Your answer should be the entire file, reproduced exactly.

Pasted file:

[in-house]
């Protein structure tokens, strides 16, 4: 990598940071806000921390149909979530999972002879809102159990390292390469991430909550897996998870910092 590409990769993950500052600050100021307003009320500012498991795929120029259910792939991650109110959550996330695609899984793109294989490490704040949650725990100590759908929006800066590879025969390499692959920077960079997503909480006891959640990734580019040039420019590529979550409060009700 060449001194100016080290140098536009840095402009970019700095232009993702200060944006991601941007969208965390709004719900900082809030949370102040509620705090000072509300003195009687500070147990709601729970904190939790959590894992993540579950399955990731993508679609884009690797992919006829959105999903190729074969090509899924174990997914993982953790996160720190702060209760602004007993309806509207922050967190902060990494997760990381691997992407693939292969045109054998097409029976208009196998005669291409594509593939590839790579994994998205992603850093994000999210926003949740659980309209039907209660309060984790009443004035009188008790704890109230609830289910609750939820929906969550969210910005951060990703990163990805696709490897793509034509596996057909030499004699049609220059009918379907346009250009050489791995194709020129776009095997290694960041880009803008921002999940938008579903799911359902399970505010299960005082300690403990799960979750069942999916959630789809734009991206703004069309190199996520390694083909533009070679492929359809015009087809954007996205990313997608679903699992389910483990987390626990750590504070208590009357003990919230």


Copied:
[in-house]
């Protein structure tokens, strides 16, 4: 990598940071806000921390149909979530999972002879809102159990390292390469991430909550897996998870910092 590409990769993950500052600050100021307003009320500012498991795929120029259910792939991650109110959550996330695609899984793109294989490490704040949650725990100590759908929006800066590879025969390499692959920077960079997503909480006891959640990734580019040039420019590529979550409060009700 060449001194100016080290140098536009840095402009970019700095232009993702200060944006991601941007969208965390709004719900900082809030949370102040509620705090000072509300003195009687500070147990709601729970904190939790959590894992993540579950399955990731993508679609884009690797992919006829959105999903190729074969090509899924174990997914993982953790996160720190702060209760602004007993309806509207922050967190902060990494997760990381691997992407693939292969045109054998097409029976208009196998005669291409594509593939590839790579994994998205992603850093994000999210926003949740659980309209039907209660309060984790009443004035009188008790704890109230609830289910609750939820929906969550969210910005951060990703990163990805696709490897793509034509596996057909030499004699049609220059009918379907346009250009050489791995194709020129776009095997290694960041880009803008921002999940938008579903799911359902399970505010299960005082300690403990799960979750069942999916959630789809734009991206703004069309190199996520390694083909533009070679492929359809015009087809954007996205990313997608679903699992389910483990987390626990750590504070208590009357003990919230």